David Kelly: 'Copenhagen return offers prospect of a new beginning'
Ireland under McCarthy are more coherent two years on from last visit to Denmark
When Ireland visited Copenhagen two years ago, it was winter and the pretty streetscapes were soaked by rain. This week, the mercury has soared towards 30 degrees.
Cities present a different version of themselves according to the weather. We left here in November 2017 with little lasting memory of the place, or, indeed, of the grisly 0-0 draw when Nicklas Bendtner's post-match attire provided the most colour on a drab evening.
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We didn't fully know it then, even if some of us had foretold the day for quite some time, but that outing would signal the beginning of the end for Martin O'Neill once the Danes had thumped his side in the second leg of that year's World Cup play-off.
Remarkably, O'Neill managed to limp on for several months, clearly borrowing from his FAI employers their fondness for stubborn recalcitrance.
Now, as Ireland return to a city bathed in searing summer heat, the dark clouds of one era have been supplanted by the cheery sunshine of a familiar figure.
Mick McCarthy's task is, on the face of it, a suitable one, an uncomplicated, short-term mission to secure qualification for next year's European Championships, ensuring that an Irish team will be able to participate in a tournament they are co-hosting.
The irony is that the very people who made the decision to dispense with O'Neill and introduce a cack-handed succession plan, which will see Stephen Kenny assume the reins in 2021, are now utterly discredited.
Nonetheless, a good start - six points against Gibraltar and Georgia - has allowed McCarthy to enjoy a second honeymoon fling. Events this evening may either offer some perspective on the challenge that awaits him or embolden his squad still more, with Monday's turkey shoot against Gibraltar to come.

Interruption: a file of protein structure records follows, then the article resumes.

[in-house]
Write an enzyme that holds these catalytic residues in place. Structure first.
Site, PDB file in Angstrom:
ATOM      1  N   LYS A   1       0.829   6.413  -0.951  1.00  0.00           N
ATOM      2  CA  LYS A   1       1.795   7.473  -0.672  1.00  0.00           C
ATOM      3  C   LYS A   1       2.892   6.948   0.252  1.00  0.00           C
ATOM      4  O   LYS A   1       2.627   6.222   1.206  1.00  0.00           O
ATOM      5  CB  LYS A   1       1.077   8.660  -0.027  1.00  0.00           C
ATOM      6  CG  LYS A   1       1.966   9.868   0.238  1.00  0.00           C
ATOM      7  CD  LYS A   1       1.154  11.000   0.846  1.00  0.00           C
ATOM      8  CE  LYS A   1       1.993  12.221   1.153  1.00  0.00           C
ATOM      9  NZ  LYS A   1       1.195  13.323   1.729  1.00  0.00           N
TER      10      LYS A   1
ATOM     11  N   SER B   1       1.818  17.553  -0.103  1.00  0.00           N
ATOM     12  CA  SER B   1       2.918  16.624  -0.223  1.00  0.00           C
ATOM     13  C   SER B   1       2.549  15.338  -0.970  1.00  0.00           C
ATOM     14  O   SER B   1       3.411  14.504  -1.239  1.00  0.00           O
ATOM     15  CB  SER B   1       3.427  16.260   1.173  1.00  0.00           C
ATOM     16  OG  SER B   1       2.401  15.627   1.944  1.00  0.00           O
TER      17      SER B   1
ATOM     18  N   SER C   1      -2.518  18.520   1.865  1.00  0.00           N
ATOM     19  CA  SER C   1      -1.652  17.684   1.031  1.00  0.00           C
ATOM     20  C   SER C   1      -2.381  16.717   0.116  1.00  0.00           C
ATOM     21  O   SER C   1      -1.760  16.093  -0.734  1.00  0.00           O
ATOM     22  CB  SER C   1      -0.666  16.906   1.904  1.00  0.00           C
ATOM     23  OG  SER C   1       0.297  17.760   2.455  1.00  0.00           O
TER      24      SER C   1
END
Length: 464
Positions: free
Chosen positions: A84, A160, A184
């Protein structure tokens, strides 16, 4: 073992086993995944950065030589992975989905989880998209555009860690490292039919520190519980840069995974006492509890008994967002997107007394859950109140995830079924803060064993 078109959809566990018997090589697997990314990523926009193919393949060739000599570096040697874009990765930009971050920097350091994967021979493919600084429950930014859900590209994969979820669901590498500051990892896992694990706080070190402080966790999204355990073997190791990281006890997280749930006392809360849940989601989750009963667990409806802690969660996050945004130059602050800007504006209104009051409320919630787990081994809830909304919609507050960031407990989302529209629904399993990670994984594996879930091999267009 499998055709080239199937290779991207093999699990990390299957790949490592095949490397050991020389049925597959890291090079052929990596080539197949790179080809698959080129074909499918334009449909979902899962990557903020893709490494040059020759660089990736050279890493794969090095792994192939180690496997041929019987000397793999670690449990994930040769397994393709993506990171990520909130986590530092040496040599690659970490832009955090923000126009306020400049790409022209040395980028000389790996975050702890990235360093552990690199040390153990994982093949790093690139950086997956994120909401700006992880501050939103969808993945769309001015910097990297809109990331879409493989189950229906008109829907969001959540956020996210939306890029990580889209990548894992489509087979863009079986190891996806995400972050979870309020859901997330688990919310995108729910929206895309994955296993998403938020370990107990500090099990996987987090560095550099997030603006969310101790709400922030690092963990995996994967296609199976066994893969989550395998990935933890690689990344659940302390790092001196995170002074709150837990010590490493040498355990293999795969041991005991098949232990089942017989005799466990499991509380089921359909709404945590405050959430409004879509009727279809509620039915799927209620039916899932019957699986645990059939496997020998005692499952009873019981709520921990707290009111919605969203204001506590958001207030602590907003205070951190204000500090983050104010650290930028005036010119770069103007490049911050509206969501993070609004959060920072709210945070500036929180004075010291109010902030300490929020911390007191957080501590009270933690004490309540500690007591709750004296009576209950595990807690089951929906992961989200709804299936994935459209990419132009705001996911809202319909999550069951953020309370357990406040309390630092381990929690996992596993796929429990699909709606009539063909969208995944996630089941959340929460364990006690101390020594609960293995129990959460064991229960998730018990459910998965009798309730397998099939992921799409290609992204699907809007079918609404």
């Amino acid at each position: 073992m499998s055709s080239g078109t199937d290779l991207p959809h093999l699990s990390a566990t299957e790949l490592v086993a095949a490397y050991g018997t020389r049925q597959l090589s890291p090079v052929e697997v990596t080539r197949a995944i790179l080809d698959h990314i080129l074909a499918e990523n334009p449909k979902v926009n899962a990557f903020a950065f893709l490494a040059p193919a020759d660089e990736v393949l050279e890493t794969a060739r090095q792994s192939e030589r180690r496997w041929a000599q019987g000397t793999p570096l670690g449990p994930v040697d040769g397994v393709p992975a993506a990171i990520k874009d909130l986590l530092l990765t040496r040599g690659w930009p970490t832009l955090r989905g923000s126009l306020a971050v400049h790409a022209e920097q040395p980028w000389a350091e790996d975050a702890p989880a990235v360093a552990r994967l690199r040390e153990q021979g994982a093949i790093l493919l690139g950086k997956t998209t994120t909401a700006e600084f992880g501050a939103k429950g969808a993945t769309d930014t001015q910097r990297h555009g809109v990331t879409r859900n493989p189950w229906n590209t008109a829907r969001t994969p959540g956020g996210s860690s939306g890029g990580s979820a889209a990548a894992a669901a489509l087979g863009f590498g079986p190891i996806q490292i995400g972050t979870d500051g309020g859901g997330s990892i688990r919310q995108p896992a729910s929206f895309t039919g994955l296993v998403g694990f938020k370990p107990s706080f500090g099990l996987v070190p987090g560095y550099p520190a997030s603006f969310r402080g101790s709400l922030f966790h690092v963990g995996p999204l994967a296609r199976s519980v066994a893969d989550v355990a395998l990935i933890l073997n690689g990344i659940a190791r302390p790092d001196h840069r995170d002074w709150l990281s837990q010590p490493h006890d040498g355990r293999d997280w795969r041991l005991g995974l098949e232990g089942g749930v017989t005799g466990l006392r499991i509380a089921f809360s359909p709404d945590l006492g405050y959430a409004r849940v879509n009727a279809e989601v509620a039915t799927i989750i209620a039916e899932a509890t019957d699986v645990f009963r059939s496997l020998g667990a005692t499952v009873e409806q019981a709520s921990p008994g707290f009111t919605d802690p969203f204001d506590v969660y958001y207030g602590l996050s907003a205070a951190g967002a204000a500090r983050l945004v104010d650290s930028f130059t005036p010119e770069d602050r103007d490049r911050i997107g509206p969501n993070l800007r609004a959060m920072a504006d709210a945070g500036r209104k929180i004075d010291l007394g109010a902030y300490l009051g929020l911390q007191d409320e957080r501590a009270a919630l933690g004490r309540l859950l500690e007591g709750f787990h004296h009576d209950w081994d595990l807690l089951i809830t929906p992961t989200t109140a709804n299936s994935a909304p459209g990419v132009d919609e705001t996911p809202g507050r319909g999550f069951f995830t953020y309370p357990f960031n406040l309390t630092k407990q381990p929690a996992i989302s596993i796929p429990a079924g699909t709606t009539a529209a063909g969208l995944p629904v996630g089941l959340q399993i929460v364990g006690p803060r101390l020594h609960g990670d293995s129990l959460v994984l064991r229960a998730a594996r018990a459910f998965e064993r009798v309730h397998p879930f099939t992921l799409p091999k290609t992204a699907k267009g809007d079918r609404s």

McCarthy has always been one to absorb the pressure, rather than become inhibited by it. It always seemed as if O'Neill was simply incapable of taking a step back in order to get a good feeling for the problems that confronted him. He didn't understand it enough to see a simple solution.
McCarthy's methods befit his character. His manner is one of utterly uncomplicated simplicity.
His team line-up has not yet been published but, unlike his predecessor, there is no prospect of the players discovering it a mere hour before kick-off.
Indeed, he has virtually admitted that he has known his team for some time now, certainly since they congregated last weekend and perhaps even formulated during last month's get-together in Portugal.
He has boldly asserted he would take a 0-0 if offered it but his side won't play for one, as those before him often seemed to.
There is a comforting certainty about his approach, declaring quite positively that he was happy his team selection was set in stone while he has already planned his substitutions, even in cases of injury.
O'Neill, in contrast, was a constant tinkerer in both selection and tactics, even if the ascetic style rarely deviated, and it was obvious that there was never enough preparation on even the most rudimentary elements.
McCarthy, who closed one of this week's training sessions to the media, will have been able to apply himself to a coherent approach all week.
There may be doubts about whether Ireland have sufficient quality to trouble the Danes but there will be none in the manager's mind regarding his team's preparation.
His sessions are always purposeful, with clear intent and instruction, compared to the often listless affairs which O'Neill, often at a distance, presided over during his time.
Seamus Coleman revealed yesterday the players' unhappiness with sessions when McCarthy started, but they were adjusted and the effervescence against Georgia resulted.
McCarthy is no managerial genius, nor are his side a magnificent football side but, as the limited evidence of the Georgia match hints, all are more than capable of extracting the maximum from their available attributes.
"There is only so much the manager can do, on the pitch it boils down to us, we've prepared well and we need to be brave," says Coleman, speaking just metres from the white lines of the Parken Stadium.
That courage, once cowed, is now encouraged. That is really all the Irish supporter wants for their team.
"I know where all the players play," McCarthy said last night. "I know what they're good at, I know what they're not so good at."
Two years ago, Copenhagen marked the sense of an ending. Cautiously, Ireland's return heralds the possibility of a new beginning.
There may be faltering steps but any slip-ups will be due to a lack of quality as opposed to a lack of effort.